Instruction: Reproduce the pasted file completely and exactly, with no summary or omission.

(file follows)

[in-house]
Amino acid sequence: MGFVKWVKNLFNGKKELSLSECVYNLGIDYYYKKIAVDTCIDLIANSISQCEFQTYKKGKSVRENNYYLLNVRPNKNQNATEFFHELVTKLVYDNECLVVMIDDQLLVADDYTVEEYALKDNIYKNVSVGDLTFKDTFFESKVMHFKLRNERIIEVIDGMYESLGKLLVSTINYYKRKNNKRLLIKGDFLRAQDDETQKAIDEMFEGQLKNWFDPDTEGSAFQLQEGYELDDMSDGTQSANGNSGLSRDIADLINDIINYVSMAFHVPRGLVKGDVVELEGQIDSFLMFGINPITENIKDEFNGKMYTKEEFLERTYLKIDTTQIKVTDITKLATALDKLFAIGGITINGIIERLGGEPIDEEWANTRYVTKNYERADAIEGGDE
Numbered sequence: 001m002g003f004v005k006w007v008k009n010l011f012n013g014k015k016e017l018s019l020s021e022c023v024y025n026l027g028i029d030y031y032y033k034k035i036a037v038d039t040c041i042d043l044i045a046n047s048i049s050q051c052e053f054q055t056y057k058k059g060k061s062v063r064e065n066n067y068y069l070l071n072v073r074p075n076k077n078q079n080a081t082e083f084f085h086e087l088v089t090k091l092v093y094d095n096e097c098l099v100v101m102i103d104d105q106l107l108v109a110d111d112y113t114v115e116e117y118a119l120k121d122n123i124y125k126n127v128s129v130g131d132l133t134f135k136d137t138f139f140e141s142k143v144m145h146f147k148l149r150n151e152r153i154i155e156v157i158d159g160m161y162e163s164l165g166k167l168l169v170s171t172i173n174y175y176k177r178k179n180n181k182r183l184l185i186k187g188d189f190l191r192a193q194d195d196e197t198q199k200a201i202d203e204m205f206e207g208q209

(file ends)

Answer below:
[in-house]
Amino acid sequence: MGFVKWVKNLFNGKKELSLSECVYNLGIDYYYKKIAVDTCIDLIANSISQCEFQTYKKGKSVRENNYYLLNVRPNKNQNATEFFHELVTKLVYDNECLVVMIDDQLLVADDYTVEEYALKDNIYKNVSVGDLTFKDTFFESKVMHFKLRNERIIEVIDGMYESLGKLLVSTINYYKRKNNKRLLIKGDFLRAQDDETQKAIDEMFEGQLKNWFDPDTEGSAFQLQEGYELDDMSDGTQSANGNSGLSRDIADLINDIINYVSMAFHVPRGLVKGDVVELEGQIDSFLMFGINPITENIKDEFNGKMYTKEEFLERTYLKIDTTQIKVTDITKLATALDKLFAIGGITINGIIERLGGEPIDEEWANTRYVTKNYERADAIEGGDE
Numbered sequence: 001m002g003f004v005k006w007v008k009n010l011f012n013g014k015k016e017l018s019l020s021e022c023v024y025n026l027g028i029d030y031y032y033k034k035i036a037v038d039t040c041i042d043l044i045a046n047s048i049s050q051c052e053f054q055t056y057k058k059g060k061s062v063r064e065n066n067y068y069l070l071n072v073r074p075n076k077n078q079n080a081t082e083f084f085h086e087l088v089t090k091l092v093y094d095n096e097c098l099v100v101m102i103d104d105q106l107l108v109a110d111d112y113t114v115e116e117y118a119l120k121d122n123i124y125k126n127v128s129v130g131d132l133t134f135k136d137t138f139f140e141s142k143v144m145h146f147k148l149r150n151e152r153i154i155e156v157i158d159g160m161y162e163s164l165g166k167l168l169v170s171t172i173n174y175y176k177r178k179n180n181k182r183l184l185i186k187g188d189f190l191r192a193q194d195d196e197t198q199k200a201i202d203e204m205f206e207g208q209